E.ON Energy Experience e-newsletter | June 2007
Current Energy Issues Brain Gym Curriculum changes Amazing facts
Bringing the world of energy into teaching

Welcome to the second E.ON Energy Experience e-newsletter for primary teachers across England, Scotland and Wales. The newsletter aims to keep you up to date with the latest energy issues and relate these to your curriculum needs.

Current energy issues

Fossil fuels may be too expensive to use in 100 years

Working Group III of the Intergovernmental Panel on Climate Change met in May in Bangkok to focus on mitigation of climate change.

In April, Working Group II provided a full report on the impacts of climate change, the adaptations which are needed to meet them and the vulnerability to climate change of the peoples of the world. The report also included consideration of various ‘emission scenarios’ projected for the future. The report highlighted using one of the following for energy sources:

  • A fossil intensive system
  • The use of non-fossil energy sources
  • A balance across all energy sources and not relying on one particular energy source.

It is widely believed that in the next 100 years the cost of finding and extracting new deposits (of fossil fuels) will render them too expensive for everyday use. Additionally the UK’s target to cut carbon emissions by 20% by 2010 is essential if it is to achieve the much larger reduction needed over the next few decades.

Work with your pupils to investigate alternative sources of energy using the activities below:

->5–7s: Where does energy come from?

->7–11s: How will it work?

Could the UK lead the way in fighting climate change?

Bernie Bulkin, chair for energy and transport at the Sustainable Development Commission believes, ‘There is real benefit to the UK from being a leader in implementing efficient new technologies that promote growth whilst minimising fossil fuel use, in both transport and buildings.’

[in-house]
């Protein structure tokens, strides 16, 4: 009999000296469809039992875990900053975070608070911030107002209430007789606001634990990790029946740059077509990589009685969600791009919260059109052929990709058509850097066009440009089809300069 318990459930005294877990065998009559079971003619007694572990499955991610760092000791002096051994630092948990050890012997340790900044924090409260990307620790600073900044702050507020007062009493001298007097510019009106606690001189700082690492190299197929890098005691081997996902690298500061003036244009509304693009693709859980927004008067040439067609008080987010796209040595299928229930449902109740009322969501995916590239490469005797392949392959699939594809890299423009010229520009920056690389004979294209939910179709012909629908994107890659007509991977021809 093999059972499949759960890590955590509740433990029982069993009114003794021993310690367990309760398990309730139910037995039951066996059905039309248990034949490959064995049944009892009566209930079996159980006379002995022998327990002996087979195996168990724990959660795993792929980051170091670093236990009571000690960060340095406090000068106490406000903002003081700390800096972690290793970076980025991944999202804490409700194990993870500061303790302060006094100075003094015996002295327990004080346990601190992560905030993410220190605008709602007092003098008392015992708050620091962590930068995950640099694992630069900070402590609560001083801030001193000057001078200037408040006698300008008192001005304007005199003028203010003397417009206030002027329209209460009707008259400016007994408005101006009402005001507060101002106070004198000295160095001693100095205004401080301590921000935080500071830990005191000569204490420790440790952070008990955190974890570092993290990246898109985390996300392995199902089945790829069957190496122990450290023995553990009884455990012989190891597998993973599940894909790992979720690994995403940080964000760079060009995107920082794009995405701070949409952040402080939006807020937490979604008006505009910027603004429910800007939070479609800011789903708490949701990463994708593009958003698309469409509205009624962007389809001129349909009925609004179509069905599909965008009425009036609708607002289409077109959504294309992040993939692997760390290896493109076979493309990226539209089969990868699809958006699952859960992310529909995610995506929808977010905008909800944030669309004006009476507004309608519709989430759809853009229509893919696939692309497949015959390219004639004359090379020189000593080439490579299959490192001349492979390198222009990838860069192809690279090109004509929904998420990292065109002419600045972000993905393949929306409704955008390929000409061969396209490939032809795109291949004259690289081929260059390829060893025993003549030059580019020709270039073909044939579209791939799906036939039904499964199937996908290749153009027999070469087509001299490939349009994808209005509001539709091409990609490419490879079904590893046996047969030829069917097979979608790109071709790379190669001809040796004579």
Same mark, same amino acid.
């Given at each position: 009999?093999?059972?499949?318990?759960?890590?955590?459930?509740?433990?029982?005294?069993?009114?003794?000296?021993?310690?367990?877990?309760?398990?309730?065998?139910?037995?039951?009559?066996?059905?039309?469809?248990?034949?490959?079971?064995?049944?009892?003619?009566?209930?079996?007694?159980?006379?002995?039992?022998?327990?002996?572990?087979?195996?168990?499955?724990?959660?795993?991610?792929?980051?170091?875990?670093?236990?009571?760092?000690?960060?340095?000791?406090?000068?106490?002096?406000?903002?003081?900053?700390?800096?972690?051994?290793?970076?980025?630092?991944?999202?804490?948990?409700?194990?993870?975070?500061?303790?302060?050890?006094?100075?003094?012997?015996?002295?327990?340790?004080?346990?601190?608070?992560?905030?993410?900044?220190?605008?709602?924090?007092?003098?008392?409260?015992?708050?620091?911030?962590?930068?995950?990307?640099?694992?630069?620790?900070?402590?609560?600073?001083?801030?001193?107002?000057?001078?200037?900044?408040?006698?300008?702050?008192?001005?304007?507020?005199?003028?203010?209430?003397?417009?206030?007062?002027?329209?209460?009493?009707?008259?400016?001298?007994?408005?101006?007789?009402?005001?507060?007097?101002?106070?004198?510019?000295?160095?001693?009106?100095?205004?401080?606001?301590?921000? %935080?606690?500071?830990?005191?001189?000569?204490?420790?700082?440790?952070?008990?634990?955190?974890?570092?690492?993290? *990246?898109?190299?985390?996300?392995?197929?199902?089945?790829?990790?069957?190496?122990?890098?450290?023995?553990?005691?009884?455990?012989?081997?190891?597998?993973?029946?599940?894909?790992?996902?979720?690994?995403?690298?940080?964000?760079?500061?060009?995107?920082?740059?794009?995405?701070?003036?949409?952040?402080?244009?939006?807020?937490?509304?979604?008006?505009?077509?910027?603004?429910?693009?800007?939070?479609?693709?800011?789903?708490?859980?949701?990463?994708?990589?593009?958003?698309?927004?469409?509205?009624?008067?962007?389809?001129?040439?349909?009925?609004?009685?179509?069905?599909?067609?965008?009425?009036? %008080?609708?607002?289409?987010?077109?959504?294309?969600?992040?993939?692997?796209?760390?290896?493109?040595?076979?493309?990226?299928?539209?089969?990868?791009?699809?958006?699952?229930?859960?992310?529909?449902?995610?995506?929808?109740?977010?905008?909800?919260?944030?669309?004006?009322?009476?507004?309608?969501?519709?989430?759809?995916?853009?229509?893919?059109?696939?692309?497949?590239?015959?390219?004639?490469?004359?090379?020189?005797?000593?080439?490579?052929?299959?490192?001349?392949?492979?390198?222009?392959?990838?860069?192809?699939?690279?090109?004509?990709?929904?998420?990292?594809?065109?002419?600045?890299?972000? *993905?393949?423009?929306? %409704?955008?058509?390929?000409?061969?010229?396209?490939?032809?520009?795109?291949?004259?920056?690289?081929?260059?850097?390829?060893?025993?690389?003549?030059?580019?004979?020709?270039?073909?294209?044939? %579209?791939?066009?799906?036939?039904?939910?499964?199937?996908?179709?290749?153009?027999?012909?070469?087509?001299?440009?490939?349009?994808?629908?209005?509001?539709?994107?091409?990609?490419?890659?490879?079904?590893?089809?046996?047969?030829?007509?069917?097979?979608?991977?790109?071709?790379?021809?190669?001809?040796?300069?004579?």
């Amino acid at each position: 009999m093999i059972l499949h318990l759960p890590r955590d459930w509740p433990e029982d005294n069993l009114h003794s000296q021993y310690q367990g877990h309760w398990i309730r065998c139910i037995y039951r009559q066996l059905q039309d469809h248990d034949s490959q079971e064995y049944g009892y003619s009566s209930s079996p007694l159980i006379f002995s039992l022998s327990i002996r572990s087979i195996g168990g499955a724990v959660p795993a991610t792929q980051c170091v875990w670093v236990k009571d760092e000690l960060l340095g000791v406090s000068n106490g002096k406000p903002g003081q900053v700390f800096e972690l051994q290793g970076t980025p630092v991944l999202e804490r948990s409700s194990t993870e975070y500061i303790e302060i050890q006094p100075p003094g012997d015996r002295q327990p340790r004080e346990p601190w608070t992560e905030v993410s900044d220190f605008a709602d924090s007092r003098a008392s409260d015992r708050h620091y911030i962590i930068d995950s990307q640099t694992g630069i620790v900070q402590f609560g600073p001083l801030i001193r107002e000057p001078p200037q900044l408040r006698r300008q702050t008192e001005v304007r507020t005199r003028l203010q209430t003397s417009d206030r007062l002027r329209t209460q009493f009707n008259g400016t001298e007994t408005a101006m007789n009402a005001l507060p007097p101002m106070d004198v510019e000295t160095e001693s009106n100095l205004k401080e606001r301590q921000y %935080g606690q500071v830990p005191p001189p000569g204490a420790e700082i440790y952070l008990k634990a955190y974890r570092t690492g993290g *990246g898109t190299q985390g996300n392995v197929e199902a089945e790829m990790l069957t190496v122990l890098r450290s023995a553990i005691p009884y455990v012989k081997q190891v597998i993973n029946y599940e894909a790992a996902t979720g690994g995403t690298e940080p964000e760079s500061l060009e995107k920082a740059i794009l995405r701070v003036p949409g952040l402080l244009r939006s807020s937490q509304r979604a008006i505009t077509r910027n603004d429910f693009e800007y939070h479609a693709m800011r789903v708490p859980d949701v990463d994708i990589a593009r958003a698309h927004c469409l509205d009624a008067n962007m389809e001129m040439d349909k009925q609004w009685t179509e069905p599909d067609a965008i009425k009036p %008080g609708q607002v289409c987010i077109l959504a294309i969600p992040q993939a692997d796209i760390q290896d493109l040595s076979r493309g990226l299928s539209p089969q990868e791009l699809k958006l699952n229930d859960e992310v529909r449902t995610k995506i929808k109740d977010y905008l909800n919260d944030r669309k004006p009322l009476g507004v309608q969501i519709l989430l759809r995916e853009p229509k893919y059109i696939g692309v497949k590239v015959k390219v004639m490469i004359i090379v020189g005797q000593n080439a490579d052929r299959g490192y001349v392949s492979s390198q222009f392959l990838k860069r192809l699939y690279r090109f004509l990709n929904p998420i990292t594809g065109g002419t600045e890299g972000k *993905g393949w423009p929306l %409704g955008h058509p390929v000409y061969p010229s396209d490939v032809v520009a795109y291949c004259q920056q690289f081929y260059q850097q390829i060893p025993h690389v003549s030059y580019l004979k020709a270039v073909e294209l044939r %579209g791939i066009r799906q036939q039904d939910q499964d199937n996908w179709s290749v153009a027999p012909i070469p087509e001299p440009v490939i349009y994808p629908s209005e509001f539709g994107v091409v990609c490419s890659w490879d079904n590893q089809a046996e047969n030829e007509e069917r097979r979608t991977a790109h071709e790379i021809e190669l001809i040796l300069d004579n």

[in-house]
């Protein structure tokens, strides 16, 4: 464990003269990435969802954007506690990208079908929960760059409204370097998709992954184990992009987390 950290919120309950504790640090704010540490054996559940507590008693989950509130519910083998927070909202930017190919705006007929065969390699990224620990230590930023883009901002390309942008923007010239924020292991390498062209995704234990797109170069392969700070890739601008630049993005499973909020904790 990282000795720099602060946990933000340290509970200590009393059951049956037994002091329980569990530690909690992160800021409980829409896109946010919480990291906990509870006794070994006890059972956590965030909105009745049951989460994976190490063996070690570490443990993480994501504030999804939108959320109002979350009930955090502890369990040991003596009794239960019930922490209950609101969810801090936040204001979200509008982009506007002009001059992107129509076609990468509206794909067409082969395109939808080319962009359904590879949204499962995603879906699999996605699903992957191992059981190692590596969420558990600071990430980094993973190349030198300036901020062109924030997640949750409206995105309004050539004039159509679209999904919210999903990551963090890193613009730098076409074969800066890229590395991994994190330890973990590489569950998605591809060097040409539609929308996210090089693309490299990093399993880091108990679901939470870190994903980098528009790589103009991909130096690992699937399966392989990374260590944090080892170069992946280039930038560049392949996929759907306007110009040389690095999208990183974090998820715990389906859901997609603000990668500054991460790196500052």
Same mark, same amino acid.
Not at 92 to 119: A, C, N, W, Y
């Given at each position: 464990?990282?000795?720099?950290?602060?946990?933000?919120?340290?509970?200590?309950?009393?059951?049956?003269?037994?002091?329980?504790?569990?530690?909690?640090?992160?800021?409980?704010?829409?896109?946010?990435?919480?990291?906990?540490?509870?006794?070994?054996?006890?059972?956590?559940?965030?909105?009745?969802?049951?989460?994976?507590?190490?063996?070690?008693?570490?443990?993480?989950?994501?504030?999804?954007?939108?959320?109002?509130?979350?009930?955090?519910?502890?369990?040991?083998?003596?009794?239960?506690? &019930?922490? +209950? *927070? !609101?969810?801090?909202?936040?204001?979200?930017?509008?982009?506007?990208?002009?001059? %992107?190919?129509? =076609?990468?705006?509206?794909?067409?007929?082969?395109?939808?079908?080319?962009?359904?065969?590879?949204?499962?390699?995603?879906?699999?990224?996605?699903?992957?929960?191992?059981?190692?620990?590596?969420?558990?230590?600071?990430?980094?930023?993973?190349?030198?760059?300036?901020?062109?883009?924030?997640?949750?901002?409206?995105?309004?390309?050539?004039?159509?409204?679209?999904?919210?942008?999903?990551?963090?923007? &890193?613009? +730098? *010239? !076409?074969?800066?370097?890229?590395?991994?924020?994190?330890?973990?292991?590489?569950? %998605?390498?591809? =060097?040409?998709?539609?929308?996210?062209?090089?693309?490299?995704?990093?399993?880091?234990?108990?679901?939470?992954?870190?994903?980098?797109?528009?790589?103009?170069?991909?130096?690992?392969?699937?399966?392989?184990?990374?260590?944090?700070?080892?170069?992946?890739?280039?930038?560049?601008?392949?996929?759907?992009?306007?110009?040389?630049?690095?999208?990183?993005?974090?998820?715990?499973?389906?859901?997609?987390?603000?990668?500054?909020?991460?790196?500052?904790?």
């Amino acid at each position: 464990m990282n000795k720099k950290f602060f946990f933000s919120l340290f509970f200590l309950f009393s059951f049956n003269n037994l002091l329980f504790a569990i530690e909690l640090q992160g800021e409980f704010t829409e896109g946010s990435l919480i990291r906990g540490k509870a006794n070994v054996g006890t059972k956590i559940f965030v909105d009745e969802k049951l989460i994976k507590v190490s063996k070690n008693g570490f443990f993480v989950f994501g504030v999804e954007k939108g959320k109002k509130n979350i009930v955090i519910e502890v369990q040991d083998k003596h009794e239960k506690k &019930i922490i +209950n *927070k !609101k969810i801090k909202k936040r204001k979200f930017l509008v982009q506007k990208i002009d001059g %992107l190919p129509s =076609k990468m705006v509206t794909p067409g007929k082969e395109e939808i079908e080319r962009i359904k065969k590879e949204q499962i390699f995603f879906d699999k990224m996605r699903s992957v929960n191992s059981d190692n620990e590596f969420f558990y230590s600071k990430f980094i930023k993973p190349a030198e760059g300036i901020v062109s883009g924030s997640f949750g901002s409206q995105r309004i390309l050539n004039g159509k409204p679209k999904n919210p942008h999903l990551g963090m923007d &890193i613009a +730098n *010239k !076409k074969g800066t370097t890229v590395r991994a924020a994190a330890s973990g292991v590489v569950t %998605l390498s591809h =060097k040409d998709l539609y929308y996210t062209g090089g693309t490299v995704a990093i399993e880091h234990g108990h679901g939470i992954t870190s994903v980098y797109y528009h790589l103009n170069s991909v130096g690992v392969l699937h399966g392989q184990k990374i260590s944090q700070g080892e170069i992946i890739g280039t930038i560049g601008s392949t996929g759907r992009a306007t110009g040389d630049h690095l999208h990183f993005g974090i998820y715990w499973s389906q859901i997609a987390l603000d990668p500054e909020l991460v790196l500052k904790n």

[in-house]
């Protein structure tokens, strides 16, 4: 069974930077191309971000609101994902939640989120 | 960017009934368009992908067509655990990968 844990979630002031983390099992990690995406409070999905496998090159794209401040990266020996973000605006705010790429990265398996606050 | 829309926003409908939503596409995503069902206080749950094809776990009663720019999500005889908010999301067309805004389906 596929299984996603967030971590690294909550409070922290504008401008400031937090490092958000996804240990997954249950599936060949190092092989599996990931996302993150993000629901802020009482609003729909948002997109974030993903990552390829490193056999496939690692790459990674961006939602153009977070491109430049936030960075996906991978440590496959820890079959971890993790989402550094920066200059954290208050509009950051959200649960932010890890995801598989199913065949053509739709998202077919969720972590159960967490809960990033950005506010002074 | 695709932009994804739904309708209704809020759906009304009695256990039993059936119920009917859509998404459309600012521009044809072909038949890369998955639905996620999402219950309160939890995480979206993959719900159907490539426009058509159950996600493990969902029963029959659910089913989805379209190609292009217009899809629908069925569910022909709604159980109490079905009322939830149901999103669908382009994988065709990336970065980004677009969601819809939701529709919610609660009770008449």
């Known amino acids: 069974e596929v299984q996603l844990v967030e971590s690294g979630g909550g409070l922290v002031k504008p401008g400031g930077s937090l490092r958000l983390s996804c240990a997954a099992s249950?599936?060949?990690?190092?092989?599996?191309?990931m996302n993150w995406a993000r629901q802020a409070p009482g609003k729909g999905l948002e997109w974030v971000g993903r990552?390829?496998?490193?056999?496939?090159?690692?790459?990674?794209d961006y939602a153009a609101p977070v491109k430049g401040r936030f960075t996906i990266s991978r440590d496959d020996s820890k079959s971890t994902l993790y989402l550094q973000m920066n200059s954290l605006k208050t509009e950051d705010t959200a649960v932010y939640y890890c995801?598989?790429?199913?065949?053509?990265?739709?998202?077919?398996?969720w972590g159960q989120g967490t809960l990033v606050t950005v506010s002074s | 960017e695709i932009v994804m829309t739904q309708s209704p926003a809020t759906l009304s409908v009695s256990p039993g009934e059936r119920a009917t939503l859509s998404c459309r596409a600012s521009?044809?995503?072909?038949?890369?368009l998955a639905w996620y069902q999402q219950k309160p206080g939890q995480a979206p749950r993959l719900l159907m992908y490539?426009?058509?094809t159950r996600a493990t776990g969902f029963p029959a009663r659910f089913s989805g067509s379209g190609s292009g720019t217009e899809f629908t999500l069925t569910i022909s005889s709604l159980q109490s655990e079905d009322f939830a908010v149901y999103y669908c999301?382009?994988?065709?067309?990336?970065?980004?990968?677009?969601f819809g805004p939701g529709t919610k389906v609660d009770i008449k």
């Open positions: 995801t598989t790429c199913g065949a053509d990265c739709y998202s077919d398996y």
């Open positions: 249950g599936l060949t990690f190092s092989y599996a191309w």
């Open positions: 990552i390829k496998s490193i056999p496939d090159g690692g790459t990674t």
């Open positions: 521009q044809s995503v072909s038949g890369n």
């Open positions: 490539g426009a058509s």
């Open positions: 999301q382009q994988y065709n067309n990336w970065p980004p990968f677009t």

In April E.ON launched a new UK environmental fund to help communities go green. E.ON offers grants of up to £30,000 to UK communities for sustainable energy projects, which could include wind turbines on community hall roofs.

Tim Pyke, Head of Climate Change for E.ON UK said ‘We're working hard at E.ON to minimise our impact on the environment – and are committed to reduce the carbon intensity of our generation by 10% by 2012 – but we also want communities to help lead the fight against climate change.’

Work with your pupils to help them to understand some of the benefits of renewable energy sources using the activities below:

->5–7s: Energy sources

->7–11s: Power!

Brain Gym

Crazy windmills

Lead your pupils into the topic of wind energy by warming up their bodies and minds. Ask your pupils to keep their arms together, stretched out in front of their chests, palms facing each other. Then the pupils should crank up the windmill by swinging their arms in circles or ‘lazy 8s’ to the right, crossing the midline....moving their whole bodies. Then at different times tell pupils to ‘change directions and circle’, ‘do lazy 8s to the left’, ‘slow down’ or ‘speed up’.

5–7s: After the Crazy windmills exercise ask pupils the following questions and listen to their responses, ‘Being a windmill takes some energy, doesn’t it?’, ’Where do you think windmills get their energy from?’, ‘What do we see and hear that tells us when the wind is strong?’.

7–11s: After the Crazy windmills exercise ask pupils to think about using wind as an alternative source of energy. (Keep Amazing Fact 1 secret at this point!) Do the pupils think it is a good idea? Why? Why not? Teacher can provide relevant feedback after the discussion, including Amazing Fact 1!

Wind power

Use a windy day to go outside with your pupils and observe what happens when the wind is strong. When you come back into the classroom ask your pupils aged 5–7 to record (through words and/or pictures) everything you have seen the wind affect, eg leaves on the trees.

For pupils aged 7–11 you could talk about which areas you think were the most windy and why. Then move on to discussing what areas the pupils think would be good locations for building a wind farm which leads on well to the activity below:

->7–11s: Where will it work?

Curriculum changes


Schools in England will receive finalised documents about climate change for Key Stage 3 geography from September this year for planning purposes and this will be implemented in September 2008. This leaves Key Stages 1 and 2 to bring this and other issues affecting the world’s energy supply into existing curriculum planning.


For science A Curriculum for Excellence will include programmes of study for (amongst other links to the planet) ‘Planet Earth – Sustainability and Biodiversity’.


In Wales the emphasis on thinking skills is intended to help pupils learn the necessary skills to cope in an ‘increasingly technological driven world’.

Amazing facts

Did you know that...?

  • The UK is the windiest country in Europe, so much so that we could power our country several times over using this free fuel.
  • The blades on a modern wind turbine sweep 48 tons of air every second, the same weight as 10 elephants or five double-decker buses.
  • The largest wind turbine in the world is in Hawaii and has blades the length of a football field!

© E.ON UK plc 2007